I’m lucky, because unlike the 19th century French-Jewish artillery officer Alfred Dreyfus and the AEPi Fraternity at Emory University — a Jewish fraternity that was vandalized with offensive graffiti in 2014 — I have never experienced anti-Semitism. From a young age, I’ve been taught that anti-Semitism is real and it could be lurking anywhere, but I never seemed to encounter this enigmatic monster. I was raised Jewish in New York City, where, according to The Wall Street Journal, 13 percent of the country’s Jewish population currently resides.

Despite being a Midwestern public school, the University has a large Jewish population as well. The school offers a wide range of Judaic studies classes and has a huge Hillel and Chabad religious system. According to Hillel.org, the University of Michigan undergraduate population is about 16 percent Jewish. This is an astoundingly high number, considering estimates show that less than 2 percent of the United States’ population is Jewish.

At the University, I’ve met a supportive group of people who come from of a variety of cultures. My group of friends is much more diverse religiously than they were at home. In New York, those who aren’t Jews know about Jewish culture. For the first time in my life, I’m surrounded by people who do not understand Judaism. I’ve never been in a place where people don’t know that “Bubbe” means grandma, “schvitzing” means sweating and “bat mitzvah” means I had an over-the-top party when I was 13 because I sang a bunch of Hebrew words I didn’t understand in front of my 200 closest friends and family members. These words either come from Hebrew or Yiddish, a Jewish language of German origin that comes from Eastern Europe and is passed down in tidbits by Bubbes.

It has hit me, in the past few weeks, that no one cares about Jewish holidays. No one seems to care about anyone else’s religion with the exception of the person who creates the Snapchat filters. Yet those are often used disrespectfully in contexts completely irrelevant to a given holiday.

Everyone likes Christmas because it means happiness, cheer, Santa and, of course, presents. People like to talk about Hanukkah and Kwanza because they fall around the same time of year and they like potato pancakes. I’ve yet to meet someone who celebrates Kwanza, but I’m not giving up. We’ve all heard of Ramadan. When I was little, I couldn’t fathom not eating for a whole month. I had yet to learn about the whole sun-sets-and-then-you-eat situation.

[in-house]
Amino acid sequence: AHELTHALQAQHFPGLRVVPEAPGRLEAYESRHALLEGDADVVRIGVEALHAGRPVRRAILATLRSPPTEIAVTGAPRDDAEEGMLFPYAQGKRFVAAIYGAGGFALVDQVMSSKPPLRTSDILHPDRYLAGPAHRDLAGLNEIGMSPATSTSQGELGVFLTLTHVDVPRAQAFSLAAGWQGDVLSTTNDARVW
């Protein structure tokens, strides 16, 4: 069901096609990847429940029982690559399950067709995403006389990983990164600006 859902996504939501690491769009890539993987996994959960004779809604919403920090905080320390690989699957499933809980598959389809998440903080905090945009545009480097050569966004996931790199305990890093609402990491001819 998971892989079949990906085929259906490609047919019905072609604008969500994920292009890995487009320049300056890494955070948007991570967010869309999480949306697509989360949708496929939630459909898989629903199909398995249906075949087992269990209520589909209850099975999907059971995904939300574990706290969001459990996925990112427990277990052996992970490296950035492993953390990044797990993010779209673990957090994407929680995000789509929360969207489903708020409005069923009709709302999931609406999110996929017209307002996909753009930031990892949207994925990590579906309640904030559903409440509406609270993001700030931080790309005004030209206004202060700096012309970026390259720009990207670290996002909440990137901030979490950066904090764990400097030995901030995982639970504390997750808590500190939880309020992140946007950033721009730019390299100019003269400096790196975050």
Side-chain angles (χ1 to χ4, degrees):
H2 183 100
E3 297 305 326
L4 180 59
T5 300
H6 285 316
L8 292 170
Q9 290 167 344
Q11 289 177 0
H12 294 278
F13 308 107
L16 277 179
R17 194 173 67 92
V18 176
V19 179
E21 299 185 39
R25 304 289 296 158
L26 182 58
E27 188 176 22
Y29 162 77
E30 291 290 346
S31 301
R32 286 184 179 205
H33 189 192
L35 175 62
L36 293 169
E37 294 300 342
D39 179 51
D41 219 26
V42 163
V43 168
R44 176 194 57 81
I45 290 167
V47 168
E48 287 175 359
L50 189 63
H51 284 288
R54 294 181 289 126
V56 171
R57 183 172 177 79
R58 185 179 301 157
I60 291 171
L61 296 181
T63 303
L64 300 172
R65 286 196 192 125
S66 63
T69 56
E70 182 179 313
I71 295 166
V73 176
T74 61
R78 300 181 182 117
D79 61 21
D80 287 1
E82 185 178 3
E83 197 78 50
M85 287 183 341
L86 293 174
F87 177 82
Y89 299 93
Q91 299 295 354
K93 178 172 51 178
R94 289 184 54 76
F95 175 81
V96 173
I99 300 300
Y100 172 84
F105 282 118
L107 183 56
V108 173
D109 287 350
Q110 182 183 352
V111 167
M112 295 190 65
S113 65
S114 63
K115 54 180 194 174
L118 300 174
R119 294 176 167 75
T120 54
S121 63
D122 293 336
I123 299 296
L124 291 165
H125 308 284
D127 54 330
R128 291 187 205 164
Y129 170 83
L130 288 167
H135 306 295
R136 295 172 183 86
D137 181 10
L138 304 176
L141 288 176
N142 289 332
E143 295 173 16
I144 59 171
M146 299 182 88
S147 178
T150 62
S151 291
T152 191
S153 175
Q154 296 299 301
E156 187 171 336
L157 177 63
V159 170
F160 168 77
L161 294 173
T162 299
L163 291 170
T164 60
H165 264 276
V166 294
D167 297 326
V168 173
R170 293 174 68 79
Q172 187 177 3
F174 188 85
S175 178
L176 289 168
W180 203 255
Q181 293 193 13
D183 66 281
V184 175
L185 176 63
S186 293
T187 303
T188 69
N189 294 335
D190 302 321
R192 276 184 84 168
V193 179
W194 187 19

All of this aside, when I run into friends dressed up, on my way to services, they say, “You look so nice! Are you going on a date?”

It doesn’t even occur to them that I may have a religious commitment. Happy New Year? Shana Tova? Everyone’s confused. When it’s Easter, we all know why some are wearing pastels or headed to church in their “Sunday best.” It’s literally called your Sunday best. You go to church, on Sundays, wearing your best.

The Jewish holy day actually falls on Saturday rather than Sunday.

Since leaving New York, the reality has begun to hit me that I’m part of a minority population in our nation. Despite constantly feeling safe and comfortable in my own religious background, I now understand that I come from a group of people who went through a genocide less than a century ago. For the first time ever, I feel a connection with those who were oppressed in Europe in the 20th century.

I feel frustrated. I feel frustrated that public schools often get three weeks off for Christmas, yet the holiest of Jewish holidays are completely brushed over. I miss my family and I miss my synagogue, but I can’t even take solace in time at Hillel or spent with Jewish friends because I’m too busy with other commitments. Club presidents, professors and GSIs seem to be completely blind to the holidays. The Apple Calendar on my computer didn’t have Rosh Hashana or Yom Kippur automatically programmed in. I guess they don’t qualify as official U.S. holidays. I guess my religion isn’t important enough. I know this goes for so many other religions as well, and I know there are religions that are more obscure and brushed over than my own. I know I’m lucky that Jews are even acknowledged at all.

I’m part of an overrepresented minority with many powerful and wealthy people who make up an extremely small portion of the population. Yet, my religion being ignored and undervalued somehow makes me feel as if I’m a less important part of society. Since I was a little kid, I was told that Hanukah is not as good as Christmas. Never has this rang so true.

Alison Schalop can be reached at aschalop@umich.edu.

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